The festival of lights is approaching and many, who are away from home, clear up their schedules to make way for a few days of warmth and joyful celebrations with their families. But for Ruhi, a 20-year-old engineering student and chronic asthma patient, Diwali is the time to scurry out of the city to some faraway place.
“Ruhi turned all red, had bouts of breathlessness along with wet wheezing, like she was drowning,” recalls her mother Shalini Mathur.
The smoke from colourful crackers and increased air pollution during Diwali almost choked Ruhi’s airways last year.
“It got so bad that she had to be hospitalized,” says her mother.
Diwali is supposed to be a time of joy and celebrations for all. But for many parents like Shalini and children like Ruhi, far from being a long and happy vacation, Diwali can become a dreadful experience.
According to experts, rise in the number of patients suffering from asthma and other respiratory disorders like COPD (Chronic Obstructive Pulmonary Disease), and allergic rhinitis shows a sharp upward trend during Diwali.
In India, an estimated 15-20 million people suffer from asthma, of which 10-15% are children in the age group of 5-11 years .
As per a study conducted to ascertain the impact of fireworks on respiratory health during Diwali, it was observed that bursting crackers aggravates the condition among people with asthma. The study found that it was harmful for even people with no prior respiratory ailments. It was observed that 31.2% complained of coughing, wheezing and breathlessness during smoke emission of cracker burning .
“I attend more than 20-25 patients with asthma who experience acute exaggeration around Diwali as compared to 10-15 patients on regular days. Many come complaining of very bad cough and asthma flare-ups owing to the pollution caused by toxic firecrackers,” says Dr. Sandeep Salvi, Director,Chest Research Foundation, Pune.
“Apart from staying away from smoke, small precautions like carrying along inhalers with you can help avoid the risk of asthma episodes. The smog can be very toxic and even dangerous for people with asthma. Therefore, proper management and right treatment can go a long way in controlling your asthma,” he adds.
Experts say living with asthma becomes a challenge for many when it is poorly controlled. Most patients with asthma continue to suffer from severe exacerbations despite being on oral medications and even bear the brunt of associated side-effects of the drug taken to beat asthma attacks. To beat the problem, better and more effective alternatives, such as inhalation therapy, are being employed as the mainstay of asthma treatment. These have less systemic side-effects on patients.
The aim of any treatment is to increase its effectiveness through minimal dosage of drugs, reach the site of action (lungs, in case of asthma) faster and maintain good control over the condition.
Inhaled corticosteroids, otherwise known as inhaled therapy, has been widely accepted as a more effective treatment for asthma compared to oral corticosteroids. Inhaled corticosteroids are inhaled directly into your lungs and in much lesser quantity (about 25-100 micrograms) than oral medications (about 10,000 micrograms).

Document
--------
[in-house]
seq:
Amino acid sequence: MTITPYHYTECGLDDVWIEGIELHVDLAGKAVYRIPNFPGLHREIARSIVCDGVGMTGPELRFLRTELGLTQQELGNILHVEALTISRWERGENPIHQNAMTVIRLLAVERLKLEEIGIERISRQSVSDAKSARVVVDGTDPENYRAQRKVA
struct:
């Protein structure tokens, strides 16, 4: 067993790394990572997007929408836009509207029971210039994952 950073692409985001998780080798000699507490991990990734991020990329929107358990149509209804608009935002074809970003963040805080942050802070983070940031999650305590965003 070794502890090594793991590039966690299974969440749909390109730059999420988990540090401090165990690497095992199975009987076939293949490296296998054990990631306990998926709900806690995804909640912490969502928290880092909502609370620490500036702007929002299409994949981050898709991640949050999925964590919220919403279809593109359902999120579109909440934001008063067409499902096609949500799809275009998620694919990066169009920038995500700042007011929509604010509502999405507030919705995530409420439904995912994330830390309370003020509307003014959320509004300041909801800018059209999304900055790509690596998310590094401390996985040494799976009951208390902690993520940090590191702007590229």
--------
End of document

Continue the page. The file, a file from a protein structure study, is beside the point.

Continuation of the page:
“In case of oral therapy, it is required in higher quantity since it first gets dissolved in the bloodstream and then via various organs, reaches the lungs. As a result, it is absorbed in the parts where it is not required, leaving you at high risk of systemic adverse reactions, including loss of bone density, cataracts and high blood pressure. While through inhalation therapy, corticosteroids need to be administered in much lesser quantity as they directly reach the lungs to relieve the inflammation, thus limiting the risk of side effects,” says Dr. Sandeep Salvi.
However, it is a sad fact that due to problems with medications, unguided knowledge of therapy, and myths about steroid therapy, many unnecessarily suffer the ordeal of uncontrolled asthma.
“Lots of misinformation about corticosteroid medications lead people into believing that it is the same steroid that athletes use to improve their muscle strength and performance. But they confuse the term corticosteroids with anabolic steroids – the former being used to treat the lung function, while the latter being artificially prepared steroids used by athletes. Corticosteroids in inhalers are a copy of the steroids that are naturally produced by our body and are perfectly safe to use, even for children and pregnant women,” adds Dr. Sandeep Salvi.
Due to lack of attention, improper management, and not using the correct mode of treatment, asthma turns into acute attacks at the time of Diwali.
When the white veil of smog descends on cities during Diwali, the nip in the air spells disaster for people with asthma, leaving many struggling to catch their breath. But some small precautionary steps and correct treatment modalities, such as inhalation therapy, can help you enjoy the festival with all the joy it has to offer. Blankets of smoke can’t take away your breath, if you know how to manage your asthma.
1. Bronchial Asthma, WHO Fact sheet N°206
2. Fireworks during Diwali festival have a significant impact on respiratory health: a study from India S. Salvi, et al. Clinical Research, Chest Research Foundation, Pune, India; 2Air Pollution Research, Air Quality Management Cell, Pune, India.
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